I’m sure you are familiar with how our eyes are conditioned by prejudices and habits. Once you realize how that conditioning has worked on your ears, you are likely to be humbled by the depth of your biases.
Speaking of biases, another thing that drew me to soundwalking was something that also preoccupied Schafer: how culture impacts or shapes listening. Again, we’re familiar with how our eyes are conditioned by prejudices and habits, which is to say culture and history, and it’s not a strange thing to say that different peoples and cultures “see” things differently. Like Schafer, I was curious about how different peoples and cultures “heard” things—not just languages and music or events. I was curious if they heard space differently, if the makeup of their buildings, roads, and natural environments led to auditory preferences and inclinations and if those led to differences in how they experienced space and, ultimately, time. What, for example, did noise and silence mean from culture to culture? Were they even the same thing? I’ve been in cities and towns in Africa where a brutal, deafening din seemed to have no impact on the residents at all and in seaside locales in the Caribbean where the lull of water made people endlessly irritated.
It’s this personal history of listening to culture that inspires me to think soundwalking should be a less obscure practice. It could be removed from the rarefied precincts of sound art, anthropology, and field recording and appended to all forms of cross-cultural encounters. After all, in this era of heightened awareness of prejudice, xenophobia, and cultural differences, it’s crucial to acknowledge how much our senses are culpable. And if we are committed to learning to see differently, then we must learn also to listen differently if the goal is to ultimately feel and therefore act differently.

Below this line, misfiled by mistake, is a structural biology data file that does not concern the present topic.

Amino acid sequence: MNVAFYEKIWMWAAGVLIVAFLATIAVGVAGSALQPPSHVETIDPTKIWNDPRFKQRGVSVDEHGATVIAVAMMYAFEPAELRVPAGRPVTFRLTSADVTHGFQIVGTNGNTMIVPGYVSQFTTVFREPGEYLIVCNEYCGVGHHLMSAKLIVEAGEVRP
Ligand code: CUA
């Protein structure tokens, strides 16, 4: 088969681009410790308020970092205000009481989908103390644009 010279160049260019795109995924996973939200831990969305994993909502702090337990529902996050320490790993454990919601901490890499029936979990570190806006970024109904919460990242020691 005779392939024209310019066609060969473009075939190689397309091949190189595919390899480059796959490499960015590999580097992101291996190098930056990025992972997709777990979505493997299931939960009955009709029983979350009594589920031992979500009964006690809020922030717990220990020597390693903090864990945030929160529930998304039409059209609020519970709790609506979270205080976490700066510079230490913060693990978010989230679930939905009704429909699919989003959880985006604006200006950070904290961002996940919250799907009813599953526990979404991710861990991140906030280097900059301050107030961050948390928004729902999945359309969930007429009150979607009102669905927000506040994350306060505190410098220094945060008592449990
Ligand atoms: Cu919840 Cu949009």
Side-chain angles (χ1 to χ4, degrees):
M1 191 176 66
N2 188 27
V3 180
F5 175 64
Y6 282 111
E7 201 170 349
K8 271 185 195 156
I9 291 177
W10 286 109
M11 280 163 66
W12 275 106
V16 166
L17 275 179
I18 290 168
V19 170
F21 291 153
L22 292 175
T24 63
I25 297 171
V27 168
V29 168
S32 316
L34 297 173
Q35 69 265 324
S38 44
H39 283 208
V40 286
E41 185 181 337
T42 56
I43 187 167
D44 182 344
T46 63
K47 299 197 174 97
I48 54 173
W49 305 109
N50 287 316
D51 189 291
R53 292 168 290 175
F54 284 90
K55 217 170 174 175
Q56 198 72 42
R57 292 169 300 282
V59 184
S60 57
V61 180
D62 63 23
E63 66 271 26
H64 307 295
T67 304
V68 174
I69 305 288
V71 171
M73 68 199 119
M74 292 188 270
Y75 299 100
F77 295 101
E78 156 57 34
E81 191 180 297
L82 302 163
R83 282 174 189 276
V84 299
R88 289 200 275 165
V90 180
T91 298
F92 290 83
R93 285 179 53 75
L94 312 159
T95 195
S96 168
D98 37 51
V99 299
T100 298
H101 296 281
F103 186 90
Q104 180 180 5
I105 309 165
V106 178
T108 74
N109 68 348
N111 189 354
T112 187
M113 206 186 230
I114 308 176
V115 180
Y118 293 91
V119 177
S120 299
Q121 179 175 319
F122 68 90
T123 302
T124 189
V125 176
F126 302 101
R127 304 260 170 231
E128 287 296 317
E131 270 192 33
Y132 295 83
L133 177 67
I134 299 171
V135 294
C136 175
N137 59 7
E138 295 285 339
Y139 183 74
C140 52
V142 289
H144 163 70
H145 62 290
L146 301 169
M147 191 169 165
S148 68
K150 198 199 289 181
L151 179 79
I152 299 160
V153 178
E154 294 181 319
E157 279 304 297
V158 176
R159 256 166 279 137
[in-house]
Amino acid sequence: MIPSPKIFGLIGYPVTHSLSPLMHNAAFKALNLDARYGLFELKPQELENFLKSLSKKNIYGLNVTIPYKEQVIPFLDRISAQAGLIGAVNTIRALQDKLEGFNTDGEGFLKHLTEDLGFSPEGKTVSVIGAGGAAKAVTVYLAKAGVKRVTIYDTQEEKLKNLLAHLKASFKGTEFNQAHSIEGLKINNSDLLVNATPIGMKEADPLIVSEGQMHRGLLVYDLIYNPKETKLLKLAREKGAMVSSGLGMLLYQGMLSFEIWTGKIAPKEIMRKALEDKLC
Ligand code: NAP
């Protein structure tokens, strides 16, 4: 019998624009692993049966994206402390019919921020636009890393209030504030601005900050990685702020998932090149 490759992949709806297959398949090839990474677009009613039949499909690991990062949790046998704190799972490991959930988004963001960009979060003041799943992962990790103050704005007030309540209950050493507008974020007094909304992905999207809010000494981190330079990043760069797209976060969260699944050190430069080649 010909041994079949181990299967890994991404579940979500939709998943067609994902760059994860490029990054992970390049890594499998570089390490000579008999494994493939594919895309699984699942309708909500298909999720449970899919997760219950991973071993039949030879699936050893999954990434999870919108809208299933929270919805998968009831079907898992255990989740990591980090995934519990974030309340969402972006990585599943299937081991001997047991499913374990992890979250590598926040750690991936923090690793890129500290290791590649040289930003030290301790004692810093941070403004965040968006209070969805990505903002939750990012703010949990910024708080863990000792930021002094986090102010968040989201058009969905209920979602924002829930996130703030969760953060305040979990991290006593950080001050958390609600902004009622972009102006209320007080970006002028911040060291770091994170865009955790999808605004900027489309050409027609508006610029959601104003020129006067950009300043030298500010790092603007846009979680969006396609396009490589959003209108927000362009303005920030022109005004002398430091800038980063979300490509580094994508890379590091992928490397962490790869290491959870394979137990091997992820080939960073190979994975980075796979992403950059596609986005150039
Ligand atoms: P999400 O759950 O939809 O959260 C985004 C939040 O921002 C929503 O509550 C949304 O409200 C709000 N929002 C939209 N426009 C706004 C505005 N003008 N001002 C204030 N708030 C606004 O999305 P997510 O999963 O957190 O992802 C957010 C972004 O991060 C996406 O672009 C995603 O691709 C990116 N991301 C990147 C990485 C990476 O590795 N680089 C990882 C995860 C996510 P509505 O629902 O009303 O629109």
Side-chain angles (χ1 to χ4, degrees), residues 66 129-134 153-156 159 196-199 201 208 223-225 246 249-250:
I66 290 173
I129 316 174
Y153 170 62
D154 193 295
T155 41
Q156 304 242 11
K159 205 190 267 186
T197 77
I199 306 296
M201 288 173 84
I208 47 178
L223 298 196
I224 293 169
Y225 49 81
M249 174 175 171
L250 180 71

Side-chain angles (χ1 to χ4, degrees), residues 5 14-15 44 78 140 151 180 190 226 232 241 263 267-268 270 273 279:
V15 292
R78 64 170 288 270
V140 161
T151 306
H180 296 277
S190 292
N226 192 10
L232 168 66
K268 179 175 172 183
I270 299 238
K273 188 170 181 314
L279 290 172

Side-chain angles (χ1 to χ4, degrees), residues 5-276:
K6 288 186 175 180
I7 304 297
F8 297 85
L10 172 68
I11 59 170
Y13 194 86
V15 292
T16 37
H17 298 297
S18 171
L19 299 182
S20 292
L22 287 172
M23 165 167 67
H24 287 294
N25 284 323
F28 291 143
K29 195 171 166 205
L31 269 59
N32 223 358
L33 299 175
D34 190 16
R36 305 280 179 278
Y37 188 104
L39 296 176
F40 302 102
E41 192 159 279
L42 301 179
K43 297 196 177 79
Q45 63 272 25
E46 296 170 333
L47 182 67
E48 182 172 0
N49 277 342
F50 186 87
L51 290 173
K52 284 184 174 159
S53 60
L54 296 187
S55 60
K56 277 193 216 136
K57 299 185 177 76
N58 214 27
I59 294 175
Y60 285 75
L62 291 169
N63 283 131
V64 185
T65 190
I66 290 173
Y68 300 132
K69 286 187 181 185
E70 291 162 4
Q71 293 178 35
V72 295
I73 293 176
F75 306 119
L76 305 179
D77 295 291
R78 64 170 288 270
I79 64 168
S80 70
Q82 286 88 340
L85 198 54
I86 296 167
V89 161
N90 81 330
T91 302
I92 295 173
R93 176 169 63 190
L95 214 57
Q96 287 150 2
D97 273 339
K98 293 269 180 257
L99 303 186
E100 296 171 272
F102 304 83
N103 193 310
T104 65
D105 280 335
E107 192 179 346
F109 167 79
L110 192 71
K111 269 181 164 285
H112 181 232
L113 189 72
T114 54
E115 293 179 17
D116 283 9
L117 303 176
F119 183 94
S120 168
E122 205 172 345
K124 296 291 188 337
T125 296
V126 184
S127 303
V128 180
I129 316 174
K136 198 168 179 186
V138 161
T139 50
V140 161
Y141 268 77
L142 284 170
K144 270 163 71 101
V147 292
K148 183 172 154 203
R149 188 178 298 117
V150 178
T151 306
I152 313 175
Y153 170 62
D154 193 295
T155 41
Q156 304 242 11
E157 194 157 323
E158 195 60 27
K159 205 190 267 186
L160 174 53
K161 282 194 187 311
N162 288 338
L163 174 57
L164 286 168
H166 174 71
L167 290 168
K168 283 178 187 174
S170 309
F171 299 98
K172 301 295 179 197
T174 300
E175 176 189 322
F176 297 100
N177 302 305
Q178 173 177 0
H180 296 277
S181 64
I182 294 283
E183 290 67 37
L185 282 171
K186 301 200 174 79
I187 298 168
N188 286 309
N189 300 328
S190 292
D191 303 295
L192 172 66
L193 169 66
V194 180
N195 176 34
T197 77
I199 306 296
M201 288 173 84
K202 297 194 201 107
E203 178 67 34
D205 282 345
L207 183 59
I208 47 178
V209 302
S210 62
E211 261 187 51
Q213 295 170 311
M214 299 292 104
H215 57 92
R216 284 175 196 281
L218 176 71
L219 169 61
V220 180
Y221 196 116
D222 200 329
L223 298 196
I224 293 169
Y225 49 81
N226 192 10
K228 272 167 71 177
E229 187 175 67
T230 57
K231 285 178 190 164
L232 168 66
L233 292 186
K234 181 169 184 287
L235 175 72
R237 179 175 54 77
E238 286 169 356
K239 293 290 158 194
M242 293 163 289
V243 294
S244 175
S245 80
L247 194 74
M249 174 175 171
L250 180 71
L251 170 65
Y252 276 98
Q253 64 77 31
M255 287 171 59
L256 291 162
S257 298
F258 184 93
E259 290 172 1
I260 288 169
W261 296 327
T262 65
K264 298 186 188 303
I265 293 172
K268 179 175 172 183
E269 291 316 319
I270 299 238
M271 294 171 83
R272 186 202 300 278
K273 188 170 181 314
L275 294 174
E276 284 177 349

Louis Chude-Sokei is a professor of English at Boston University, as well as the George and Joyce Ween Chair and Director of African American studies. He’s also the author of the memoir Floating in a Most Peculiar Way (February 2021, Houghton Mifflin).
How to take a soundwalk
There are several apps to try, such as Gesso—which offers more traditional guided tours of cities like San Francisco and Florence—and SoundWalk, which offers artist-created soundwalks like the ones author Louis Chude-Sokei mentioned above. You’ll also find one-off SoundWalk events in cities around the world—just search for “soundwalk” and the city you’re interested in.
Or you can take a self-guided soundwalk—no recording equipment necessary—by strolling a new city, occassionally stopping to sit or stand, close your eyes, and allow the sounds of that place wash over you. What sounds catch your ears initially? What do you hear as you continue to listen?
Which sounds intrigue you, excite you, overwhelm you? What sorts of associations do you link to these sounds? Try not to get critical: Focus on your breathing and allow thoughts to surface and drift away as you listen. Do this several times as you move around the new place.